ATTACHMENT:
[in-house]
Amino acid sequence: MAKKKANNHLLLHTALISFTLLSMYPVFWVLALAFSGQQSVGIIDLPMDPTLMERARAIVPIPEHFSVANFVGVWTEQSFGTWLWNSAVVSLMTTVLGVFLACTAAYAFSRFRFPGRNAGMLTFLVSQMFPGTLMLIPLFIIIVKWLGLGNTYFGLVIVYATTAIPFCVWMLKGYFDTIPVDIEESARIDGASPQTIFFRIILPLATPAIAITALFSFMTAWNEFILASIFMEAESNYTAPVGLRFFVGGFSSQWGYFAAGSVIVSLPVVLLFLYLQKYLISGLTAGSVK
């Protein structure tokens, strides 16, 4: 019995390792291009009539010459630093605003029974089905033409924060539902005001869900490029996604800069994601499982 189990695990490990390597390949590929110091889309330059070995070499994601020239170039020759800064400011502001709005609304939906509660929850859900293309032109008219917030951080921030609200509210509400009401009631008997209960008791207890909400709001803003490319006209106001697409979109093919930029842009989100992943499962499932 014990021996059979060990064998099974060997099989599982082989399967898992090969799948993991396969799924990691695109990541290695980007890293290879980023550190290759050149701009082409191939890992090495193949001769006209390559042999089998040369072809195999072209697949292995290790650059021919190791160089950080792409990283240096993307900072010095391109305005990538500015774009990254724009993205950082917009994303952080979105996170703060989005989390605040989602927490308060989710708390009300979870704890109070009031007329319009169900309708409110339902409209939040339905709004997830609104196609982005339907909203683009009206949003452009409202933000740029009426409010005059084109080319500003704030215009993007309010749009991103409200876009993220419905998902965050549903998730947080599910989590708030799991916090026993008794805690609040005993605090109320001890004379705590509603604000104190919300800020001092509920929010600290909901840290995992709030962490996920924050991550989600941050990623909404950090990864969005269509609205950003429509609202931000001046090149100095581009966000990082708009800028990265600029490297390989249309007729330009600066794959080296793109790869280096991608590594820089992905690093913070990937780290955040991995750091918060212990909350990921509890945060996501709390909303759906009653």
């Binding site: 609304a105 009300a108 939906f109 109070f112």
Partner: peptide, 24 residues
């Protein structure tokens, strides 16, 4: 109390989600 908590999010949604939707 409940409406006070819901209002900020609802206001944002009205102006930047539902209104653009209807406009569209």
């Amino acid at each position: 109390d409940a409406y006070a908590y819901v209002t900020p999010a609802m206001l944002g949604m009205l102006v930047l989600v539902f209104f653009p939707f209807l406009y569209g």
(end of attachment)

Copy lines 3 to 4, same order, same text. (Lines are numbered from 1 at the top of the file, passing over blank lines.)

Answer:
């Protein structure tokens, strides 16, 4: 019995390792291009009539010459630093605003029974089905033409924060539902005001869900490029996604800069994601499982 189990695990490990390597390949590929110091889309330059070995070499994601020239170039020759800064400011502001709005609304939906509660929850859900293309032109008219917030951080921030609200509210509400009401009631008997209960008791207890909400709001803003490319006209106001697409979109093919930029842009989100992943499962499932 014990021996059979060990064998099974060997099989599982082989399967898992090969799948993991396969799924990691695109990541290695980007890293290879980023550190290759050149701009082409191939890992090495193949001769006209390559042999089998040369072809195999072209697949292995290790650059021919190791160089950080792409990283240096993307900072010095391109305005990538500015774009990254724009993205950082917009994303952080979105996170703060989005989390605040989602927490308060989710708390009300979870704890109070009031007329319009169900309708409110339902409209939040339905709004997830609104196609982005339907909203683009009206949003452009409202933000740029009426409010005059084109080319500003704030215009993007309010749009991103409200876009993220419905998902965050549903998730947080599910989590708030799991916090026993008794805690609040005993605090109320001890004379705590509603604000104190919300800020001092509920929010600290909901840290995992709030962490996920924050991550989600941050990623909404950090990864969005269509609205950003429509609202931000001046090149100095581009966000990082708009800028990265600029490297390989249309007729330009600066794959080296793109790869280096991608590594820089992905690093913070990937780290955040991995750091918060212990909350990921509890945060996501709390909303759906009653």
């Binding site: 609304a105 009300a108 939906f109 109070f112």